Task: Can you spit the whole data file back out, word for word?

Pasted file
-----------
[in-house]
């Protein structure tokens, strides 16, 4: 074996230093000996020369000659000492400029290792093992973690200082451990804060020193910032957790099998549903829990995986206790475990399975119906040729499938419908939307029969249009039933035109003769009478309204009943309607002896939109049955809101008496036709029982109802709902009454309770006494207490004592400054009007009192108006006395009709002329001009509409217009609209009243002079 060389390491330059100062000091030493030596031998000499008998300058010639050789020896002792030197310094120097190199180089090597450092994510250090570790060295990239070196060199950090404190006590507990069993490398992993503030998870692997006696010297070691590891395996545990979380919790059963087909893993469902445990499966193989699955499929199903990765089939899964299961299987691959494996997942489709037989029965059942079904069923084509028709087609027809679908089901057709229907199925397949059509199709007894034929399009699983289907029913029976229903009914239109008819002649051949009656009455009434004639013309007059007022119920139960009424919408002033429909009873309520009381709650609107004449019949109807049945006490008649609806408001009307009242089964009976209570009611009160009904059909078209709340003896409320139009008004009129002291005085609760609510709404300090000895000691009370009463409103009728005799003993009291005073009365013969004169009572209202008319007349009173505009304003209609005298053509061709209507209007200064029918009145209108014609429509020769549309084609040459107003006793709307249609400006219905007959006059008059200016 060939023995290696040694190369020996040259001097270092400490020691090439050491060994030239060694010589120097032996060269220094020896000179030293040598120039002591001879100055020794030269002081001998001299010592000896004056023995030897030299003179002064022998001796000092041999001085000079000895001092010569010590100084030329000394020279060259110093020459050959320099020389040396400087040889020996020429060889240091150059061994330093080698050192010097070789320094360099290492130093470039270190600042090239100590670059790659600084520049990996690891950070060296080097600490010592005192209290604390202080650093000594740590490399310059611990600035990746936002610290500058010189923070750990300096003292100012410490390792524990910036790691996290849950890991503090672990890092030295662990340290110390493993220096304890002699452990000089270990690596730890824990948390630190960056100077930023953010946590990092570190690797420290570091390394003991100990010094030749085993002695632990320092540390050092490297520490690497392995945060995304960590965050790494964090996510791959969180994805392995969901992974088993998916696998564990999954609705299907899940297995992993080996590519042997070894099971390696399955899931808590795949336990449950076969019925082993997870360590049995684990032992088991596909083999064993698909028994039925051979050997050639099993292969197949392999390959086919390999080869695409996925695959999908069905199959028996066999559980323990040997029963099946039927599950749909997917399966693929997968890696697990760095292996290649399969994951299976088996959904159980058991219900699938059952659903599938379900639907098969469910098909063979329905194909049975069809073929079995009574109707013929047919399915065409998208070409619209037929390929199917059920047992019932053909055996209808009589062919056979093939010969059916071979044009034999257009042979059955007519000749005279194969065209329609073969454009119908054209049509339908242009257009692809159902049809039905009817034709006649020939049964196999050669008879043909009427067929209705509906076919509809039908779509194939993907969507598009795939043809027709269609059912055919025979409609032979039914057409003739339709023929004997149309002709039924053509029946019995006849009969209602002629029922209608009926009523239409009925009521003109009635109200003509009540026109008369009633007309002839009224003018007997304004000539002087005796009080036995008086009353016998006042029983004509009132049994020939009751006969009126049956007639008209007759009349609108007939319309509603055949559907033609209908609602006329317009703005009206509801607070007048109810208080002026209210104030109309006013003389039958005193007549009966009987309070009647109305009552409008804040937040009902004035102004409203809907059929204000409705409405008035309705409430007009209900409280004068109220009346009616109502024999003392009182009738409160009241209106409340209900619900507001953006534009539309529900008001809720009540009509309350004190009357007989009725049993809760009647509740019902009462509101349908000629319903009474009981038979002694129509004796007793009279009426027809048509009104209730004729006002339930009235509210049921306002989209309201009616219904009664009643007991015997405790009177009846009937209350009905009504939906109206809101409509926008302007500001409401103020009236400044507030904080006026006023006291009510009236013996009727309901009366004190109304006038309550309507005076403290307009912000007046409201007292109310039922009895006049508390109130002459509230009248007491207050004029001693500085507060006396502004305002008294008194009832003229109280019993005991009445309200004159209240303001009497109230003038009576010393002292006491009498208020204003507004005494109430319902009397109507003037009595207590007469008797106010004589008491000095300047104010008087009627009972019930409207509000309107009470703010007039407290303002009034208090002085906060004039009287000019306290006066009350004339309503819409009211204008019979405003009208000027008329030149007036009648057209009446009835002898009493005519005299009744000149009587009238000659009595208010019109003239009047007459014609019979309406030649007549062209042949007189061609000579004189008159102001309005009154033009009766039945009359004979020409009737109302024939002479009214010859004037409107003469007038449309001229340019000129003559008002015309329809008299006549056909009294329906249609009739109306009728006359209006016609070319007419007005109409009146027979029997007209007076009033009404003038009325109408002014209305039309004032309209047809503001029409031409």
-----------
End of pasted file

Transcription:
[in-house]
């Protein structure tokens, strides 16, 4: 074996230093000996020369000659000492400029290792093992973690200082451990804060020193910032957790099998549903829990995986206790475990399975119906040729499938419908939307029969249009039933035109003769009478309204009943309607002896939109049955809101008496036709029982109802709902009454309770006494207490004592400054009007009192108006006395009709002329001009509409217009609209009243002079 060389390491330059100062000091030493030596031998000499008998300058010639050789020896002792030197310094120097190199180089090597450092994510250090570790060295990239070196060199950090404190006590507990069993490398992993503030998870692997006696010297070691590891395996545990979380919790059963087909893993469902445990499966193989699955499929199903990765089939899964299961299987691959494996997942489709037989029965059942079904069923084509028709087609027809679908089901057709229907199925397949059509199709007894034929399009699983289907029913029976229903009914239109008819002649051949009656009455009434004639013309007059007022119920139960009424919408002033429909009873309520009381709650609107004449019949109807049945006490008649609806408001009307009242089964009976209570009611009160009904059909078209709340003896409320139009008004009129002291005085609760609510709404300090000895000691009370009463409103009728005799003993009291005073009365013969004169009572209202008319007349009173505009304003209609005298053509061709209507209007200064029918009145209108014609429509020769549309084609040459107003006793709307249609400006219905007959006059008059200016 060939023995290696040694190369020996040259001097270092400490020691090439050491060994030239060694010589120097032996060269220094020896000179030293040598120039002591001879100055020794030269002081001998001299010592000896004056023995030897030299003179002064022998001796000092041999001085000079000895001092010569010590100084030329000394020279060259110093020459050959320099020389040396400087040889020996020429060889240091150059061994330093080698050192010097070789320094360099290492130093470039270190600042090239100590670059790659600084520049990996690891950070060296080097600490010592005192209290604390202080650093000594740590490399310059611990600035990746936002610290500058010189923070750990300096003292100012410490390792524990910036790691996290849950890991503090672990890092030295662990340290110390493993220096304890002699452990000089270990690596730890824990948390630190960056100077930023953010946590990092570190690797420290570091390394003991100990010094030749085993002695632990320092540390050092490297520490690497392995945060995304960590965050790494964090996510791959969180994805392995969901992974088993998916696998564990999954609705299907899940297995992993080996590519042997070894099971390696399955899931808590795949336990449950076969019925082993997870360590049995684990032992088991596909083999064993698909028994039925051979050997050639099993292969197949392999390959086919390999080869695409996925695959999908069905199959028996066999559980323990040997029963099946039927599950749909997917399966693929997968890696697990760095292996290649399969994951299976088996959904159980058991219900699938059952659903599938379900639907098969469910098909063979329905194909049975069809073929079995009574109707013929047919399915065409998208070409619209037929390929199917059920047992019932053909055996209808009589062919056979093939010969059916071979044009034999257009042979059955007519000749005279194969065209329609073969454009119908054209049509339908242009257009692809159902049809039905009817034709006649020939049964196999050669008879043909009427067929209705509906076919509809039908779509194939993907969507598009795939043809027709269609059912055919025979409609032979039914057409003739339709023929004997149309002709039924053509029946019995006849009969209602002629029922209608009926009523239409009925009521003109009635109200003509009540026109008369009633007309002839009224003018007997304004000539002087005796009080036995008086009353016998006042029983004509009132049994020939009751006969009126049956007639008209007759009349609108007939319309509603055949559907033609209908609602006329317009703005009206509801607070007048109810208080002026209210104030109309006013003389039958005193007549009966009987309070009647109305009552409008804040937040009902004035102004409203809907059929204000409705409405008035309705409430007009209900409280004068109220009346009616109502024999003392009182009738409160009241209106409340209900619900507001953006534009539309529900008001809720009540009509309350004190009357007989009725049993809760009647509740019902009462509101349908000629319903009474009981038979002694129509004796007793009279009426027809048509009104209730004729006002339930009235509210049921306002989209309201009616219904009664009643007991015997405790009177009846009937209350009905009504939906109206809101409509926008302007500001409401103020009236400044507030904080006026006023006291009510009236013996009727309901009366004190109304006038309550309507005076403290307009912000007046409201007292109310039922009895006049508390109130002459509230009248007491207050004029001693500085507060006396502004305002008294008194009832003229109280019993005991009445309200004159209240303001009497109230003038009576010393002292006491009498208020204003507004005494109430319902009397109507003037009595207590007469008797106010004589008491000095300047104010008087009627009972019930409207509000309107009470703010007039407290303002009034208090002085906060004039009287000019306290006066009350004339309503819409009211204008019979405003009208000027008329030149007036009648057209009446009835002898009493005519005299009744000149009587009238000659009595208010019109003239009047007459014609019979309406030649007549062209042949007189061609000579004189008159102001309005009154033009009766039945009359004979020409009737109302024939002479009214010859004037409107003469007038449309001229340019000129003559008002015309329809008299006549056909009294329906249609009739109306009728006359209006016609070319007419007005109409009146027979029997007209007076009033009404003038009325109408002014209305039309004032309209047809503001029409031409």